• NGN enables the continued offering of services in the legacy access networks. For example, the analogue PSTN access line/service does not need to be changed in transition to NGN. The main changes here are the efficiencies gained in the core network, especially when one operator owns and operates several parallel core networks. The latter is the case for a majority of incumbent operators. So the operator on the one hand utilizes the backbone efficiency gains and on the other hand continues to make profit from the investments in the access networks.
    • NGN enables the provision of value added innovative services using the possibility that one core network is connected to and manages different access networks. For example, a SMS can be sent to a mobile subscriber to inform the users if there are problems with the operation of DSL.

These arguments show that the implementation of NGN is a radical change in the network architecture of incumbent telecom operators. This raises the question of the role of regulation in this process: Should the regulators get involved in the practical implementation of the NGN? The answer to this question is no, as it contradicts the new regulatory doctrine of telecom development, where the decision of technological changes is taken on the market and by the market players/industry. However, the regulator must make this clear in setting the constraints within which the industry should design their networks.

The role of regulation regarding NGN is on the one hand to make sure that effective competition can take place in the NGN era, and on the other hand to make sure that the consumers and the level of services they receive are not affected in a negative way in this transition.

Reference Documents Next Generation Access Networks (NGAN)

Due to the wide spread of the installed base of the PSTN physical infrastructure, PSTN has been the basis for fast and efficient development and penetration of the Internet. In the pre broadband phase this was implemented by modulation of data signal in the same frequency spectrum as regular voice in the copper access lines. The data capacity in this frequency bandwidth is small and it can reach the maximum of 56 kbps. The next phase was introduction of ISDN, which improved the capacity and could offer 128 Kbps to residential households. While dial up PSTN modems and ISDN have had enormous impacts on the development of Internet access, today the Internet connectivity is mainly influenced by different broadband technologies. The new IP broadband infrastructures are in the literature denoted as the New/Next Generation Access technologies (NGAN). NGAN covers both the fixed (wired), wireless and mobile infrastructures, which enable IP connectivity to the households and companies. The terms NGAN and broadband can be used interchangeably, however the important thing is that NGAN is not only characterised by higher capacity networks but also by the two other main characteristics, namely: 1)'always on' provision model, and 2)the flat rate business model. With regards to the fixed networks the NGAN is mainly dominated by xDSL and cable modems. The advantages of the xDSL and cable modems are the availability of the physical infrastructure and by that the low deployment cost. Other fixed technologies like PLC have been on the market for some time, however it is difficult to see how this technology can compete on the NGAN market other than when it comes to home networking, which is at best peripheral to NGAN. Another fixed network with huge potentials is the fibre access networks. NGAN is also affected by the development of wireless and mobile technologies. Wi-Fi and WiMAX and their combination seems to have huge potentials. Also satellite, broadcast and new mobile infrastructures are important in development of NGAN. In this section the most important NGAN are described and organised in two major categories, Fixed and Wireless:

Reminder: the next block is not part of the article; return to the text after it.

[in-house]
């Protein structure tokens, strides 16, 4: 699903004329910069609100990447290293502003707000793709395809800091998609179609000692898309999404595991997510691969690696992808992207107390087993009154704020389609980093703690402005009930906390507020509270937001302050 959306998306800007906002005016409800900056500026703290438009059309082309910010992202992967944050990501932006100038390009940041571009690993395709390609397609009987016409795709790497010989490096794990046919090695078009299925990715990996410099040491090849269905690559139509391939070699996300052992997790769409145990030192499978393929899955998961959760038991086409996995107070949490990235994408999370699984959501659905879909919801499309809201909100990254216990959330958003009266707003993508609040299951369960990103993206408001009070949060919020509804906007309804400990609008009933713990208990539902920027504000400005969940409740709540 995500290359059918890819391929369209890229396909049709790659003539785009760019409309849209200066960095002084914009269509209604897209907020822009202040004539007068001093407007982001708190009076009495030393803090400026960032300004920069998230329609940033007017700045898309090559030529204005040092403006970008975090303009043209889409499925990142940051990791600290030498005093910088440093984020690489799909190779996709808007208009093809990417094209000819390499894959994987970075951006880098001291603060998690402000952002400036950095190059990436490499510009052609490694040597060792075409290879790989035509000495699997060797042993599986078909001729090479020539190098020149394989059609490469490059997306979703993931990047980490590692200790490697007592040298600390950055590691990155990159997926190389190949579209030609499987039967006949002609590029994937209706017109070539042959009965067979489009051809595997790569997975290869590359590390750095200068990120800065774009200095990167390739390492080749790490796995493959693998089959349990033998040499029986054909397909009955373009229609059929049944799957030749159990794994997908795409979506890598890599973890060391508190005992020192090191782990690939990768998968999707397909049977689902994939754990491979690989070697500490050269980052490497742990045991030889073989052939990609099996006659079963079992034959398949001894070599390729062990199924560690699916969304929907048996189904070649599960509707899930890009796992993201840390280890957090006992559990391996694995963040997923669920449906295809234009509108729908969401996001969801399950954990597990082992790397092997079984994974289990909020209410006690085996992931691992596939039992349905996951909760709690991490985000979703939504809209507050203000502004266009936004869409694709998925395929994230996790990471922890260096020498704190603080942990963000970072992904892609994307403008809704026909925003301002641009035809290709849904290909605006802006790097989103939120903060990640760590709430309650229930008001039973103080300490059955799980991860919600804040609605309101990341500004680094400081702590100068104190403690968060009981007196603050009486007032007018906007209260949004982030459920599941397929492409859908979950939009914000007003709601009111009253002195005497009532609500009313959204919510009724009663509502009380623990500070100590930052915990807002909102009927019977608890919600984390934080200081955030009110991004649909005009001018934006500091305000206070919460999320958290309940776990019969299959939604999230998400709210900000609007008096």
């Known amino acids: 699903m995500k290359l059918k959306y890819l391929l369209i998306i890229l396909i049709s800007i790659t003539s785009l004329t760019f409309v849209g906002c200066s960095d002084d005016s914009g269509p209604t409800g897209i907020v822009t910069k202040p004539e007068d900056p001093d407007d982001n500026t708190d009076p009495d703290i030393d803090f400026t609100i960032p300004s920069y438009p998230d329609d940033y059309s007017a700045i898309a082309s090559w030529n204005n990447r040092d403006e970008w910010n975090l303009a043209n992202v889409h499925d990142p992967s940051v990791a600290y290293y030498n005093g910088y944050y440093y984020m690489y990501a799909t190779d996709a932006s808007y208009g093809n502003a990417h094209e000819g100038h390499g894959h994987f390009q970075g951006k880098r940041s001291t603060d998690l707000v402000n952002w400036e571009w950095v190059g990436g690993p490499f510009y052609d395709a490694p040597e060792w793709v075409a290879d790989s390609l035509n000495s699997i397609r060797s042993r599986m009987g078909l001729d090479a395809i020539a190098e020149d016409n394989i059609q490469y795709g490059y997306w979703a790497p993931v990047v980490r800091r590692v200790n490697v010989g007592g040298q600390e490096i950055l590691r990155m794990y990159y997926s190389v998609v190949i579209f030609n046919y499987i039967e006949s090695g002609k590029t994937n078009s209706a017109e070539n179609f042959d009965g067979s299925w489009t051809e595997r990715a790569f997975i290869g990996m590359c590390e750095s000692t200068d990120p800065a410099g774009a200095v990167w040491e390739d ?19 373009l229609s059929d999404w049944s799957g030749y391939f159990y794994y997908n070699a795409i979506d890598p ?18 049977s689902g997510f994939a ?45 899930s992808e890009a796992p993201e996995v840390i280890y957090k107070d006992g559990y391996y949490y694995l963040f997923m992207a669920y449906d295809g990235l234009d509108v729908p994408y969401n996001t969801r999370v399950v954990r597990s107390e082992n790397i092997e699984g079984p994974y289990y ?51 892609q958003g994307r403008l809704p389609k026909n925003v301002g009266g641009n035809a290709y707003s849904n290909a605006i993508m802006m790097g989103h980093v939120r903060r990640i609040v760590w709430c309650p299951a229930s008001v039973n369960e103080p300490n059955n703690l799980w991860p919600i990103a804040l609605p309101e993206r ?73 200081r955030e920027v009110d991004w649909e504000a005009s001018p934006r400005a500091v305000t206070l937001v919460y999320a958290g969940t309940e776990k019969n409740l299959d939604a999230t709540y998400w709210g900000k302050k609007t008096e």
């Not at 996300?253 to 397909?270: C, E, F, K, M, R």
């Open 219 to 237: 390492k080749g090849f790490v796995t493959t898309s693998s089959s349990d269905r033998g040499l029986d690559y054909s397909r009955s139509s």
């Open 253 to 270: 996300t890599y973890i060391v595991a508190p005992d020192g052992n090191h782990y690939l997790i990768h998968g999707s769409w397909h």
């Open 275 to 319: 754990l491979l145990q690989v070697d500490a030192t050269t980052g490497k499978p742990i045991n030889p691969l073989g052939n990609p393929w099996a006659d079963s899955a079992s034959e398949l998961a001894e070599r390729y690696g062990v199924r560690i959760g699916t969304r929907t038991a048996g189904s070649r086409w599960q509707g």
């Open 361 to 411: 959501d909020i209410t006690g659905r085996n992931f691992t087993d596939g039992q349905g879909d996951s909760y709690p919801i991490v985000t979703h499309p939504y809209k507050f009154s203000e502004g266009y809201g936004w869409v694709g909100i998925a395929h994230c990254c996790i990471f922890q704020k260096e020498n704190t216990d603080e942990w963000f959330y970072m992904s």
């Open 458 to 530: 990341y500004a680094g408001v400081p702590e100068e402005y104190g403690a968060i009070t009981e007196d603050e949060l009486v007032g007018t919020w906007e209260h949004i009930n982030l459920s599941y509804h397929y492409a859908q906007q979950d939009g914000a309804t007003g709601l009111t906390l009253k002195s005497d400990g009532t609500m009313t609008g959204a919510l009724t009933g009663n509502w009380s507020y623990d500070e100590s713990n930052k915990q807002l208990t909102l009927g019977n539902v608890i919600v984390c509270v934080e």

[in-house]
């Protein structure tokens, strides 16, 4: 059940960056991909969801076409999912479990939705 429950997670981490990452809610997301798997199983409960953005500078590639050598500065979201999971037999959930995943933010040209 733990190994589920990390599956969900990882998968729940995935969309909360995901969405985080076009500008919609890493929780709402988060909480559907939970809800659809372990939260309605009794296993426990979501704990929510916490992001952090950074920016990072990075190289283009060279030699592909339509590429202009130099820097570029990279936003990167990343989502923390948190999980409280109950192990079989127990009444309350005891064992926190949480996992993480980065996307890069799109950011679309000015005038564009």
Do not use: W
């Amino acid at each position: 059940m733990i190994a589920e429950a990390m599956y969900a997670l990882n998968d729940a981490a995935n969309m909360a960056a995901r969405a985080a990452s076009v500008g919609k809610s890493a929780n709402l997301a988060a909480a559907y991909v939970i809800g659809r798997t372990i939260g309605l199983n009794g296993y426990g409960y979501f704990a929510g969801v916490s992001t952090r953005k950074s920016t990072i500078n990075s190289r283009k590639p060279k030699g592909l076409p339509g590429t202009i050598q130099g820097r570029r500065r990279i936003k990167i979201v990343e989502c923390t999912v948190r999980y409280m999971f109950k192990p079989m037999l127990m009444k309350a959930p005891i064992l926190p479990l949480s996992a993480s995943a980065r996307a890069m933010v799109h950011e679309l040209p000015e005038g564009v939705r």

Practice Notes

Reference Documents

Next: 7.1.5 Convergence